Coming to a Canadian theatre near you: Racial segregation (in the name of social justice)
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A few months ago, I was playing disc golf with one of my Toronto friends—let’s call him Pete—a perfectly decent guy whose politics happen to lie considerably to the left of my own. He’s a vegetarian (which I admire), a fervent environmentalist (also fine), and an occasional Green Party campaign volunteer (ok, whatever). Like a lot of leftists, he puts up with me because I give him an opportunity to vent about the truths he’s not allowed to talk about when he’s with his fellow bien pensants.
During this particular round of disc golf, our discussion turned to the performing arts. I had started things off by talking about my Mirvish subscription. Mirvish is the big, mainstream theatre production company in Toronto. And it puts on expensive, Broadway-style, crowd-pleasing plays and musicals at four of the city’s biggest theaters. You’re not going to find a lot of wokery or tedious theory-driven stage experiments at Mirvish shows. Refreshingly (for Canada), these are performances that audiences actually want to see, and which (get this!) turn a profit without a ton of government subsidies.
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On the other hand, I complained (my kvetching relationship with Pete goes both ways) that a lot of Mirvish shows are somewhat, well, banal for my tastes. One recent musical called Fisherman’s Friends, for instance, consisted in large part of a group of very goyish middle aged men reciting Cornish sea shanties in a stage version of a coastal English pub. It was fine, I guess. As was The Shark is Broken (though my wife fell asleep), and Harry Potter and the Cursed Child (which had insanely good special effects, but dear lord the pop-psychology dialogue in the last 15 minutes was a hot maudlin mess). And so I asked Pete if he might be able to recommend some of the more intellectually challenging theatrical fare that he’d seen at one of those black-turtleneck venues he likes to frequent.
Alas, he could not—which is what brought us to his turn for complaints. Pete told me that he’d given up on his own go-to Toronto theatre—a pay-what-you-can outfit called Theatre Passe Muraille, whose mission is to champion a more “diverse representation of artists, audience members and stories,” as well as more ”collaborative and inclusive theatre practices.” The fare at Passe Muraille had always had an activist element, Pete said. But many of the new productions were going even further in this regard, and had become (by his account) simply unwatchable.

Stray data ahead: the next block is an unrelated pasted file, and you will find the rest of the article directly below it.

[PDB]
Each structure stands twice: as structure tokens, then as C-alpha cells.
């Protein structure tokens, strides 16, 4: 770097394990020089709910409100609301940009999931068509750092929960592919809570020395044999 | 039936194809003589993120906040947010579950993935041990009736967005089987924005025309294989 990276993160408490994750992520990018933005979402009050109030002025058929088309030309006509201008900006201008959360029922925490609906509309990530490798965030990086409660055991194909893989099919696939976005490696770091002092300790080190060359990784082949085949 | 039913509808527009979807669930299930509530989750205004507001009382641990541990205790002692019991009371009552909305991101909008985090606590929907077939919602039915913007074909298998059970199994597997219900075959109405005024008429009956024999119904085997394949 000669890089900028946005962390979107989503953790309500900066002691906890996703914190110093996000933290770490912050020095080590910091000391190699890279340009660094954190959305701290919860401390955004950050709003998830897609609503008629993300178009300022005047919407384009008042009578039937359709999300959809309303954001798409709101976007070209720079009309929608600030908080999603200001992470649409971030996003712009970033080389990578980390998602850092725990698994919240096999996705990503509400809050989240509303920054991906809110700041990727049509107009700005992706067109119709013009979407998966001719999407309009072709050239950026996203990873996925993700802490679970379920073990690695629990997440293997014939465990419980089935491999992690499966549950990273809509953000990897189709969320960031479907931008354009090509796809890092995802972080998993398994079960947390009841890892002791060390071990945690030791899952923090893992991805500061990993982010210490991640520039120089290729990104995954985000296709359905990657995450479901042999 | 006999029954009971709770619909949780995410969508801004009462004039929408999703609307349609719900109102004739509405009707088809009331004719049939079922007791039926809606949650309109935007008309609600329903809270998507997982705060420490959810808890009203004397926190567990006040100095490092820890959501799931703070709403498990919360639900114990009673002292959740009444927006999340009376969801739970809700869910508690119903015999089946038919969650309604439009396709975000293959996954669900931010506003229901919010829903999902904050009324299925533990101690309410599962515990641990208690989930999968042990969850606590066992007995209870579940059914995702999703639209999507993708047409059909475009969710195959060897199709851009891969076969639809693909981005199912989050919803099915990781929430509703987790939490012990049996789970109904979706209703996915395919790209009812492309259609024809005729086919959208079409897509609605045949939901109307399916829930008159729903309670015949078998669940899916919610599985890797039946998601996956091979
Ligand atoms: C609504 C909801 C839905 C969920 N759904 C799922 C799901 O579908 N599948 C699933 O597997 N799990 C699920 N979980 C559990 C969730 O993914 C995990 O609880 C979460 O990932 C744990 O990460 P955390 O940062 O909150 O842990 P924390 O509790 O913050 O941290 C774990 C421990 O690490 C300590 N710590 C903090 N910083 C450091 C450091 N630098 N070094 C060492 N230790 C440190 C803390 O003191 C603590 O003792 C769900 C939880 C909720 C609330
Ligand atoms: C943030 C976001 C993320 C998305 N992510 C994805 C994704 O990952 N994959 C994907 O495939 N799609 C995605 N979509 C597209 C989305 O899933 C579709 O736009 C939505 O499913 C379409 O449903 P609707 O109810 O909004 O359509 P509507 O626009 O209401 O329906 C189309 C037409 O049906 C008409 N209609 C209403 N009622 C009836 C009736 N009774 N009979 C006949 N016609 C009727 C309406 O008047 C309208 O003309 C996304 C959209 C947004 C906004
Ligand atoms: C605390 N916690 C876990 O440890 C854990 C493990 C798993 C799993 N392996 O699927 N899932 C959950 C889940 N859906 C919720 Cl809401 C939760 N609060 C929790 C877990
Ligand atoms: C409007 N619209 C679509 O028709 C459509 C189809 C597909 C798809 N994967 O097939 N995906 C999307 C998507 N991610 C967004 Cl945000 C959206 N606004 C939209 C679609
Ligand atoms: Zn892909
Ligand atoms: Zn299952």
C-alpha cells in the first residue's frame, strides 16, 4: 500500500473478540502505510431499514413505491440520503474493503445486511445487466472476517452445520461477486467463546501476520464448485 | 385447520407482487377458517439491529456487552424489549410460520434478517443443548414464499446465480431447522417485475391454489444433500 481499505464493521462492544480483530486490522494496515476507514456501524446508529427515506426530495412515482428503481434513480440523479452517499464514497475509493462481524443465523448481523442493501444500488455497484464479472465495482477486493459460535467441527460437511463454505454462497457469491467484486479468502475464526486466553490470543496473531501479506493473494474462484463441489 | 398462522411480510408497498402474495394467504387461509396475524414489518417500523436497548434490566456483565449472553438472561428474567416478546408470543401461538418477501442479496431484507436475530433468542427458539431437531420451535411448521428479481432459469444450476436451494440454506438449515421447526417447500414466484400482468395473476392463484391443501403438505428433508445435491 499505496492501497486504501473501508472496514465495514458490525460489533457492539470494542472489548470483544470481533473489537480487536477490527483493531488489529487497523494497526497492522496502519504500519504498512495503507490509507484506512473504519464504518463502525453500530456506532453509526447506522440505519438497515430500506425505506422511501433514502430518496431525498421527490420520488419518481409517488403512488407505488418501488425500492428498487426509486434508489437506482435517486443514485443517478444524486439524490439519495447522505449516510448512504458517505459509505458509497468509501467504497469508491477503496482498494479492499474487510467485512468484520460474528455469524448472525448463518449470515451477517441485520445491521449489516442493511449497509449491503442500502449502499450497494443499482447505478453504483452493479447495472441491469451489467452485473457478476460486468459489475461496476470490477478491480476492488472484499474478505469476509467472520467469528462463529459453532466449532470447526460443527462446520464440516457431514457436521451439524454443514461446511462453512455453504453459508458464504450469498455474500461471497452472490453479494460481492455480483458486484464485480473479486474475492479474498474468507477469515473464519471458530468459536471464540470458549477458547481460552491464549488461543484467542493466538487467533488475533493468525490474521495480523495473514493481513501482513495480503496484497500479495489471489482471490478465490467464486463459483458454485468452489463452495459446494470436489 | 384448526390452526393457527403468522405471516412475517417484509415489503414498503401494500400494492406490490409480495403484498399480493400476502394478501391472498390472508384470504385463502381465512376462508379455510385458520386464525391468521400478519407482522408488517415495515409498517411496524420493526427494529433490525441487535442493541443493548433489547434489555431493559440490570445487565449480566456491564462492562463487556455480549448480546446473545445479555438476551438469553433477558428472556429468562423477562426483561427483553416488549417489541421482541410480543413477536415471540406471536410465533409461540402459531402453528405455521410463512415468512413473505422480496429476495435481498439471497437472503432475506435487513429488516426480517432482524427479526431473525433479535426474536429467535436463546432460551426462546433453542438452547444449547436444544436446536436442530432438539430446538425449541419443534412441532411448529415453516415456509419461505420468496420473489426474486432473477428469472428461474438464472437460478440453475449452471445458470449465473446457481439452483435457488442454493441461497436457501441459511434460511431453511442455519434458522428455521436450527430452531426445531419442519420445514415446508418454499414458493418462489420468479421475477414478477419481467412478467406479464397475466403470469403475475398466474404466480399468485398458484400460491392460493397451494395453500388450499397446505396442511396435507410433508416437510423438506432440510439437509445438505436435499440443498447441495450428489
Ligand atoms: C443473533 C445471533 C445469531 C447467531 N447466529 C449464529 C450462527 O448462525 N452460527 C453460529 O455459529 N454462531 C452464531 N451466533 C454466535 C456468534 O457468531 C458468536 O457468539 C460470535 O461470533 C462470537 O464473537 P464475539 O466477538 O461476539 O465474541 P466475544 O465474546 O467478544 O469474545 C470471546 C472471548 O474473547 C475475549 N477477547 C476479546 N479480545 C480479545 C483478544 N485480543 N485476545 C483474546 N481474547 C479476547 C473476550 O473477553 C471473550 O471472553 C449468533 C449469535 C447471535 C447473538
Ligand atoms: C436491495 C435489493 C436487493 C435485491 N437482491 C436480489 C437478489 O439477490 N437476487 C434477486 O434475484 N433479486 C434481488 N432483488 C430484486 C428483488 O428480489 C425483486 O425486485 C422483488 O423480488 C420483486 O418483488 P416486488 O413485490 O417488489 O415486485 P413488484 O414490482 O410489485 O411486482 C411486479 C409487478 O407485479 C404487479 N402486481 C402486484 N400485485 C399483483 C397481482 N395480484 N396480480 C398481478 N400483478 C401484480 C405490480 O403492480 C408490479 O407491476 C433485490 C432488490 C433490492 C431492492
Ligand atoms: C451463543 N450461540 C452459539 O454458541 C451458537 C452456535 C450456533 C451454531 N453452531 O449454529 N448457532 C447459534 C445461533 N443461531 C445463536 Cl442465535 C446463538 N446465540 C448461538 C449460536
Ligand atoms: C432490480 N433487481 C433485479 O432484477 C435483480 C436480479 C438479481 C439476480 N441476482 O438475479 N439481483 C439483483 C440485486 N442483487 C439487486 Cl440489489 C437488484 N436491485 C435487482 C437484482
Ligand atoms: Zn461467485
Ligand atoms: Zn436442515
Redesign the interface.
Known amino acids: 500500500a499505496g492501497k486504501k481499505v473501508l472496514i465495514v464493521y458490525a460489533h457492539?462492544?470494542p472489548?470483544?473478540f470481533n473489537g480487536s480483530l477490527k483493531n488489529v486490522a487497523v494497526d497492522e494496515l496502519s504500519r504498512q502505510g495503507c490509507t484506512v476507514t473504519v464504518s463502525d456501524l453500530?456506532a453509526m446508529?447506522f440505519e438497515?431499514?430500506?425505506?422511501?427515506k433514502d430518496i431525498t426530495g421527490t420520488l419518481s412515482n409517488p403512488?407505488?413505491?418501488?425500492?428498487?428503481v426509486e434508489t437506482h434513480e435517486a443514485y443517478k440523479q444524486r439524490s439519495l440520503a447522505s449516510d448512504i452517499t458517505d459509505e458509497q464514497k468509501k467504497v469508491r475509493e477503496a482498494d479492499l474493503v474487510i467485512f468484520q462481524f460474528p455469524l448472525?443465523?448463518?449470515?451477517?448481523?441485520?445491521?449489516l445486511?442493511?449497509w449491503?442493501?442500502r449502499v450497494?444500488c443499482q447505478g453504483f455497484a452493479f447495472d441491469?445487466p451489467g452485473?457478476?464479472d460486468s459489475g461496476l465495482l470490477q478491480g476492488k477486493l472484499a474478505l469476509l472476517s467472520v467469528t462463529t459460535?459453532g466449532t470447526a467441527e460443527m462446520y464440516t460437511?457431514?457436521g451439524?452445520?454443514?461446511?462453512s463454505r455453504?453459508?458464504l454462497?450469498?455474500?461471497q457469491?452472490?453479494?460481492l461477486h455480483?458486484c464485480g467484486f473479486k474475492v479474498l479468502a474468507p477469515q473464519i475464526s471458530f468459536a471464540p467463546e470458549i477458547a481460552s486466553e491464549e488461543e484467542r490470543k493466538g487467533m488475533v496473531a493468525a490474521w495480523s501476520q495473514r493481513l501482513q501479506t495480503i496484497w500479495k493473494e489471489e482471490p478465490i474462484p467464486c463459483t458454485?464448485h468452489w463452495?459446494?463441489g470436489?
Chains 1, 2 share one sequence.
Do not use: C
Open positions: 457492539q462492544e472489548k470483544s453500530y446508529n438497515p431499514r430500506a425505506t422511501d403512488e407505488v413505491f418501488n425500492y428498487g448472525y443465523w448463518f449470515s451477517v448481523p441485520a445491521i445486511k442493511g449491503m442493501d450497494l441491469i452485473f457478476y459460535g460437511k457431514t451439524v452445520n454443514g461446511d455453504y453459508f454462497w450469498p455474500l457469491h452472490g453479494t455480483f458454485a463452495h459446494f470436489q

One forthcoming production, trace, is marketed as “a sound-based, interdisciplinary performance piece that focuses on the ongoing nature of queer being and becoming.” (“Original compositions made from archival recordings of [Tristan R.] Whiston’s singing and speaking voice at different stages of his gender transition are mixed live into a multi-track soundscape to create an immersive and interactive experience.”) Another show, this one called bug, was marketed as “a solo performance and artistic ceremony that highlights the ongoing effects of colonialism and intergenerational trauma.” (In a move that didn’t exactly elevate audience expectations, bug’s creator forbade white theater critics from reviewing it. In retrospect, this seems to have been a somewhat unnecessary diktat since, in the current political environment, few Toronto theatre reviewers—of any race—would ever dare give a play like this anything except a rave review, whether or not they’d actually seen it.)
As I later learned, in fact, Theatre Passe Muraille has gone so far off the rails that it has begun (literally) racially segregating some of its shows—and not just when it comes to reviewers with an undesired skin colour, as with bug. Rather, we’re talking about the actual audiences. Which means that even if my friend Pete wanted to keep patronizing Passe Muraille, he’d (again, literally) have to check the calendar carefully to make sure he was attending a performance open to people of his skin colour (which happens to not be black).
You see, Theatre Passe Muraille designates certain shows as “Black Out Nights.” These are “performances exclusively for Black audiences.” And this is not just a figure of speech. The theatre promises prospective audience members a rigorously race-controlled environment: “When you enter the theatre ‘house,’ the audience will be comprised only of Black audience members.” I.e. No Asian people, Indigenous people, nor, of course, white people. It also means no mixed-race couples, nor black parents attending with their white step-children (or vice-versa). Under the FAQ heading, “What happens when a non-Black person tries to enter the space during Black Out Night?” the given answer is